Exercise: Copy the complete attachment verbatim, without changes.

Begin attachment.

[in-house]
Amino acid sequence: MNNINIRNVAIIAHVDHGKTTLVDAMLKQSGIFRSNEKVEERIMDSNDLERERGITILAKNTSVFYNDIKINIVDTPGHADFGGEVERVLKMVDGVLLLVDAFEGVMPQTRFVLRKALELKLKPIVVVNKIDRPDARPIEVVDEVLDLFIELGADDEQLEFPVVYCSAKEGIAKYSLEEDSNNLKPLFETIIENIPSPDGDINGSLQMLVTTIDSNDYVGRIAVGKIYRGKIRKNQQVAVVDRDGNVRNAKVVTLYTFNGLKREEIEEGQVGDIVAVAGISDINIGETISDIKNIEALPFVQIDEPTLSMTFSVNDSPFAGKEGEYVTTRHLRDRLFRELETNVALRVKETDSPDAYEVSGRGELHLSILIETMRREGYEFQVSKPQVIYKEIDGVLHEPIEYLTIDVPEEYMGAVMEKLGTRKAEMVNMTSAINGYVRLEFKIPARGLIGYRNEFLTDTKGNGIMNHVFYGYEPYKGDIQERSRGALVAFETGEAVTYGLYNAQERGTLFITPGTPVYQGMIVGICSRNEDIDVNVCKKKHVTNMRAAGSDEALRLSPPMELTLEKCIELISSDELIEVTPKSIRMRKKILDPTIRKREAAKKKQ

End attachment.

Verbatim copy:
[in-house]
Amino acid sequence: MNNINIRNVAIIAHVDHGKTTLVDAMLKQSGIFRSNEKVEERIMDSNDLERERGITILAKNTSVFYNDIKINIVDTPGHADFGGEVERVLKMVDGVLLLVDAFEGVMPQTRFVLRKALELKLKPIVVVNKIDRPDARPIEVVDEVLDLFIELGADDEQLEFPVVYCSAKEGIAKYSLEEDSNNLKPLFETIIENIPSPDGDINGSLQMLVTTIDSNDYVGRIAVGKIYRGKIRKNQQVAVVDRDGNVRNAKVVTLYTFNGLKREEIEEGQVGDIVAVAGISDINIGETISDIKNIEALPFVQIDEPTLSMTFSVNDSPFAGKEGEYVTTRHLRDRLFRELETNVALRVKETDSPDAYEVSGRGELHLSILIETMRREGYEFQVSKPQVIYKEIDGVLHEPIEYLTIDVPEEYMGAVMEKLGTRKAEMVNMTSAINGYVRLEFKIPARGLIGYRNEFLTDTKGNGIMNHVFYGYEPYKGDIQERSRGALVAFETGEAVTYGLYNAQERGTLFITPGTPVYQGMIVGICSRNEDIDVNVCKKKHVTNMRAAGSDEALRLSPPMELTLEKCIELISSDELIEVTPKSIRMRKKILDPTIRKREAAKKKQ